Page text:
Dishman developed an interest in cooking in Chicago, where he grew up in the northern suburbs and enjoyed eating at local steakhouses and dabbling in home cooking. He later worked as a restaurant manager in the Windy City, and got his first taste of cooking on the line in a professional kitchen as part of his on-the-job training. "That's where I really started to cut my teeth," he notes. But restaurant life is demanding, with tough hours. "After banging my head against the wall for five years and working from 2 p.m. to 6 a.m. every weekend and never seeing my family and friends, I decided that I should get into sales."
When he moved to Denver in 2016, he continued his career in software sales. But he also kept cooking, making meals regularly at home for his wife. During the pandemic, he began posting about them on Instagram, on his @milehighdish page. In the summer of 2020, a friend passed along a casting call for Top Chef Amateurs, which was seeking contestants all over the country for a show that pairs amateur cooks with Top Chef alums.
"I threw my Instagram on there and shared some pictures and talked a little about my background in the application process, and I thought I'd be a great fit — and it turns out they thought so, too," Dishman says.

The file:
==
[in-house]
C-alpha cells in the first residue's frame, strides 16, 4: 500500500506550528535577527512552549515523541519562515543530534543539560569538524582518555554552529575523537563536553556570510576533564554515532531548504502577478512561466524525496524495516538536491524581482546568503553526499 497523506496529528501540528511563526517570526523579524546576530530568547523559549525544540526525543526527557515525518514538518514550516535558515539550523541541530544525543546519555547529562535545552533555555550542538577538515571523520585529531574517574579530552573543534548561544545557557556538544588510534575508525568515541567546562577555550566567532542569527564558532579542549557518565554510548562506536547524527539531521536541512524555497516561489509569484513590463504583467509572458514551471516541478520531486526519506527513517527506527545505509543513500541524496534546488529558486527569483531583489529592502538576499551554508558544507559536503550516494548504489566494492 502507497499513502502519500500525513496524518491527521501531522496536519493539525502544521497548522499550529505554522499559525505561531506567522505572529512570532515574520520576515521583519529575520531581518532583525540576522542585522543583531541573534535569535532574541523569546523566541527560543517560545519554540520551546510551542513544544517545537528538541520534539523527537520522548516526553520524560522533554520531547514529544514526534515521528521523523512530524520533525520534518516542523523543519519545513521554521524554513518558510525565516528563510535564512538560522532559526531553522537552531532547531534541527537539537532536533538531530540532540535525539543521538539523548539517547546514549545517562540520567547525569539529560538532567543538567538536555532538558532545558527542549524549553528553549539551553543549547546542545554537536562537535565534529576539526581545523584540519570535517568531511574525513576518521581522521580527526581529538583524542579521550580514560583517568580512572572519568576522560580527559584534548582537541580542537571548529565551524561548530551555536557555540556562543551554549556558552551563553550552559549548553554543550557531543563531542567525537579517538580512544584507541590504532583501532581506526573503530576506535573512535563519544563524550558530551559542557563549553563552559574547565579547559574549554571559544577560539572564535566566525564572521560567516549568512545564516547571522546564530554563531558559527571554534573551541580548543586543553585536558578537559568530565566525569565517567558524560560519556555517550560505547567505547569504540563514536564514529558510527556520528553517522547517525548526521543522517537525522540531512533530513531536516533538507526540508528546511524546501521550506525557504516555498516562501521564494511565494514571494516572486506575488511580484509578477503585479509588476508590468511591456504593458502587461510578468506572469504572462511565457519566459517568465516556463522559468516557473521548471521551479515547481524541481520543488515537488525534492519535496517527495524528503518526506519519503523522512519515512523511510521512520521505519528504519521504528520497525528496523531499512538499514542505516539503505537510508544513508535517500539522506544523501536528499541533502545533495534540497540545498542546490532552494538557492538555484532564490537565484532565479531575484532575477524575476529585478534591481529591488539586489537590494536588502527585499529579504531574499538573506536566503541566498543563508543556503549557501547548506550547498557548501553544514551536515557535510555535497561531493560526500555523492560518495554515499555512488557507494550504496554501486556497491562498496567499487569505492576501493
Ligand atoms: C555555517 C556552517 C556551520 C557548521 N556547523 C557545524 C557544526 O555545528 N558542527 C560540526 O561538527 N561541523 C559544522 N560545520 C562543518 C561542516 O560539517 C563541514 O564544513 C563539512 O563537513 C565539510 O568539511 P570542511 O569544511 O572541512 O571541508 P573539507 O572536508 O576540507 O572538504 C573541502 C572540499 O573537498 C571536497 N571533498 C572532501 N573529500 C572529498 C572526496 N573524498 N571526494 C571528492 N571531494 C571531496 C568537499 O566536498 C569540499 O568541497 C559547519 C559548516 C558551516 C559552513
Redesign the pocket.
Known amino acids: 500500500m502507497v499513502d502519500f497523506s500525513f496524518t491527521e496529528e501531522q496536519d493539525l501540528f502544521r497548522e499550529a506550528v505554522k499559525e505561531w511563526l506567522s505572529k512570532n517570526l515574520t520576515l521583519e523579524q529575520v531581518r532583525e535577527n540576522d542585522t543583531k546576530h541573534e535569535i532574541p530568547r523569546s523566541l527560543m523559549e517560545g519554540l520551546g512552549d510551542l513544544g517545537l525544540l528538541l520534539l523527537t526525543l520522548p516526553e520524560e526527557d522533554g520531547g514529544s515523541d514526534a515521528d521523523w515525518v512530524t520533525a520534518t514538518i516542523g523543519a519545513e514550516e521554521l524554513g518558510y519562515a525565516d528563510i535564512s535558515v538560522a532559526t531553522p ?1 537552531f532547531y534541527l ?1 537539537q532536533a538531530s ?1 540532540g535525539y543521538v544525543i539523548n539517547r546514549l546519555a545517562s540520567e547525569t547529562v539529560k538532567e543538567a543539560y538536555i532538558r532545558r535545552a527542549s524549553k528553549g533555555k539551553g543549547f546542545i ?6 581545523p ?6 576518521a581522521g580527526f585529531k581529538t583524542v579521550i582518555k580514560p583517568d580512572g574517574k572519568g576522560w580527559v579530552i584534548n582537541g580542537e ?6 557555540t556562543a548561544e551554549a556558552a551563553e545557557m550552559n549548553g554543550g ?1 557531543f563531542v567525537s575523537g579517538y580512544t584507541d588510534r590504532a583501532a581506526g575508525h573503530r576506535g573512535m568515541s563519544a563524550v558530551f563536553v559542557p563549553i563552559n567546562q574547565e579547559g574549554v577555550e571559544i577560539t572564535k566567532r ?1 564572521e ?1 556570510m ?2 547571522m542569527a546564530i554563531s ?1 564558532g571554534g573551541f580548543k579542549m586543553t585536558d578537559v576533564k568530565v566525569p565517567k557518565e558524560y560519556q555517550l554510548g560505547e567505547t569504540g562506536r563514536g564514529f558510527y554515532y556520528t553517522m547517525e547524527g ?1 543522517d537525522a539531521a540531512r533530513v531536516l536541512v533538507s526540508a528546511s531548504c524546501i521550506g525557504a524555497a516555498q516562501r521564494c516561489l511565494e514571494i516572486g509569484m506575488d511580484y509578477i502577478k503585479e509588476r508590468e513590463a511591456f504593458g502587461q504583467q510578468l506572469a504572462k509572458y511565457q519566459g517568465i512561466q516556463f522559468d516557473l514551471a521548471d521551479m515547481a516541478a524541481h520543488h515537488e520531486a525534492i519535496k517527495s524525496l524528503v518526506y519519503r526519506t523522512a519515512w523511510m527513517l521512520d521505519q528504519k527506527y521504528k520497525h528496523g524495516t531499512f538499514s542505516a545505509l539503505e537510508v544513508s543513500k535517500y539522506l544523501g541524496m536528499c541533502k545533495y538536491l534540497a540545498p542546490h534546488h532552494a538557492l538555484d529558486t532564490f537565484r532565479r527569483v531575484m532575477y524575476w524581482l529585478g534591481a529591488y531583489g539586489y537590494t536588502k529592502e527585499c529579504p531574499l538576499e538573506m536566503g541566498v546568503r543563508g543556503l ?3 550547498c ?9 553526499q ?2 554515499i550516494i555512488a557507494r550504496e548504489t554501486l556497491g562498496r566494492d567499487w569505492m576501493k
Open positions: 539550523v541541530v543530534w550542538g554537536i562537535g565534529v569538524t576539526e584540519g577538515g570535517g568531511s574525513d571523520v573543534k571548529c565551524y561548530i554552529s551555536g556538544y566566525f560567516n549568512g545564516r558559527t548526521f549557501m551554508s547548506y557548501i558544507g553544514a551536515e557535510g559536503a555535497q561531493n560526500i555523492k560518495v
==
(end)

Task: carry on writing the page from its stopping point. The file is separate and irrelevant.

This past fall, Dishman spent three days filming his episode in Portland, Oregon, in the same kitchen that was used on Top Chef season eighteen. Each episode of the spinoff is hosted by Gail Simmons, and showcases two of the amateur contestants facing off, taking on past Top Chef challenges. "I didn't know what to expect," Dishman recalls. "We didn't know until the moment, so I was in my hotel room writing recipes down for scenarios for what I thought I would make if I was given these challenges."
A teaser for Dishman's episode reveals the task he took on with all-star sous chef Tiffany Derry, season seven's "fan favorite": a steak-and-potatoes challenge inspired by the 2017 Colorado season of Top Chef.
"Everybody throughout the entire process was just incredibly nice, [including] the celebrity chefs I got to meet that were judges of mine," Dishman notes. "The coolest part of the experience was just being able to have these celebrity chefs — that I've been watching on TV for years — eat my food."
Dishman is planning to watch the episode at a private home-viewing party with food from Blaine Baggao, whose Adobo food truck recently made its television debut in the Netflix series Fresh, Fried & Crispy. The event will double as a fundraiser for the Denver-based Morgan Adams Foundation, which funds children's cancer research; while that event is not open to the public, Dishman encourages everyone to donate to the nonprofit via the foundation's website.
With this boost for his culinary hobby, Dishman hopes to pursue his passion for food in other ways. He'll be teaching a Zoom cooking class for employees at the company he works for in September, and plans to expand his Instagram presence and try his hand at food blogging with a new website, Mile High Dish. "I just want to go around and show people what great experiences there could be in Denver," he says. His recommendations so far: Safta, at the Source Hotel, and one of his personal favorites, Cherry Creek Grill.
While sales is still his day job, Dishman admits that "this moment of being a Bravo-lebrity is really fun."